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Rooting out a pesky plant in the Zambezi River basin

KAFUE FLATS :: ZAMBIA

The Kafue Flats—a sprawling maze of floodplains and lagoons in southern Zambia—shelter endemic wildlife, generate tourism, and support fishers and livestock farmers. But for decades, an invasive shrub called Mimosa pigra has been choking parts of the Flats under its thorny thickets. Since 2017, with support from WWF-Netherlands and in collaboration with Zambia’s Department of National Parks and Wildlife and the International Crane Foundation/Endangered Wildlife Trust partnership, WWF-Zambia has been working with local communities to eradicate the shrub from the Flats.

PHYSICAL CONTROL The project employed 150 workers from local communities to undertake large-scale cutting and burning of Mimosa pigra shrubs in Lochinvar and Blue Lagoon, two national parks in the Flats.

CHEMICAL CONTROL Workers then carefully target-sprayed the Mimosa pigra stands, plus any regenerating shrubs and new seedlings, with a low-residue herbicide that keeps invasive plants at bay but has a minimal impact on the environment.

BIOLOGICAL CONTROL Carmenta mimosa—a moth that suppresses Mimosa pigra growth by burrowing through its stems—was carefully released into standing Mimosa pigra stems in Lochinvar National Park’s vast wetlands, where a successfully established moth population guarantees a sustainable measure of control.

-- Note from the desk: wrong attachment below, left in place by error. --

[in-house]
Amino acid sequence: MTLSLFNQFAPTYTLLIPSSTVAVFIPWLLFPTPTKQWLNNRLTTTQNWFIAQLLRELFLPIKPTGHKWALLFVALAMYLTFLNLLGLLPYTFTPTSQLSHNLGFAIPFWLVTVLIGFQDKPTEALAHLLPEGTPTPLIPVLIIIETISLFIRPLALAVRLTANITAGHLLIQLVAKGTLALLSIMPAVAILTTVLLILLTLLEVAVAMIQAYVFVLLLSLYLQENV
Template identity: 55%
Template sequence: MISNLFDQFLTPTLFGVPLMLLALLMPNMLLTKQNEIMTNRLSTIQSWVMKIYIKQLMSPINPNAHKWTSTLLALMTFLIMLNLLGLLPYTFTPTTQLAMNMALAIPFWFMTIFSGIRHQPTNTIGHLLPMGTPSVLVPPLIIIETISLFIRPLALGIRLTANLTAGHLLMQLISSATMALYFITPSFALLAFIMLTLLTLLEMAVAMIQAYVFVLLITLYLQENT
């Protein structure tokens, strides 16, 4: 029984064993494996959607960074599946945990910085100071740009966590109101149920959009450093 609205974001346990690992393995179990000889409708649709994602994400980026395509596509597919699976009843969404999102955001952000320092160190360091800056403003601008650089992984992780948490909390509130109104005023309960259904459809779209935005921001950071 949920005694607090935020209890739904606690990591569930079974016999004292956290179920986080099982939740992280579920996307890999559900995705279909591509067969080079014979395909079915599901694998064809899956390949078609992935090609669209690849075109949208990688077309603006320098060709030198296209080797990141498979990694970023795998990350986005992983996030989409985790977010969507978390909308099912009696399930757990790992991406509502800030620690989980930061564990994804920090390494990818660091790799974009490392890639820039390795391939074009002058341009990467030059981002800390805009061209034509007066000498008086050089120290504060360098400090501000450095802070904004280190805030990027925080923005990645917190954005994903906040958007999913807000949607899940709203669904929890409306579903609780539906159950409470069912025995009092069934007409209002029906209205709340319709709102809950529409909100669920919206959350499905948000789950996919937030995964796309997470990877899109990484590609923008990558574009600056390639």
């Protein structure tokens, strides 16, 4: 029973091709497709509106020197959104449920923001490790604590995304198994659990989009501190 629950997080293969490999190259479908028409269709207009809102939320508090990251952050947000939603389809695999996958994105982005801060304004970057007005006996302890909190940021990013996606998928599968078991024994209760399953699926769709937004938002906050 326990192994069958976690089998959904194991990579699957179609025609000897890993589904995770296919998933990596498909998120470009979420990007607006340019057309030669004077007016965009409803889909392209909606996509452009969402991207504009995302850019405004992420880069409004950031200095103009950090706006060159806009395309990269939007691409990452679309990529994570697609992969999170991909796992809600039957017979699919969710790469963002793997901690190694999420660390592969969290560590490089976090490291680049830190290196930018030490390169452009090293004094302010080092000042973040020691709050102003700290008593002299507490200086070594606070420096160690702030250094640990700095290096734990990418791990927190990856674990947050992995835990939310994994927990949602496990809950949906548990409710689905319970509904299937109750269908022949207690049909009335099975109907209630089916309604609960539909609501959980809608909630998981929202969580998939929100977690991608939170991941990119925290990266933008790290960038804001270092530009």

PROGRESS The project has already helped clear more than 4,000 acres of Mimosa pigra (out of around 7,400 infested acres), and native species like the endangered Kafue lechwe (a semi-aquatic antelope, pictured here) have moved back into those areas. Meanwhile, many of the project workers have used their income to invest in pastoral farming or educational opportunities.

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World Wildlife magazine provides an inspiring, in-depth look at the connections between animals, people and our planet. Published quarterly by WWF, the magazine helps make you a part of our efforts to solve some of the most pressing issues facing the natural world.

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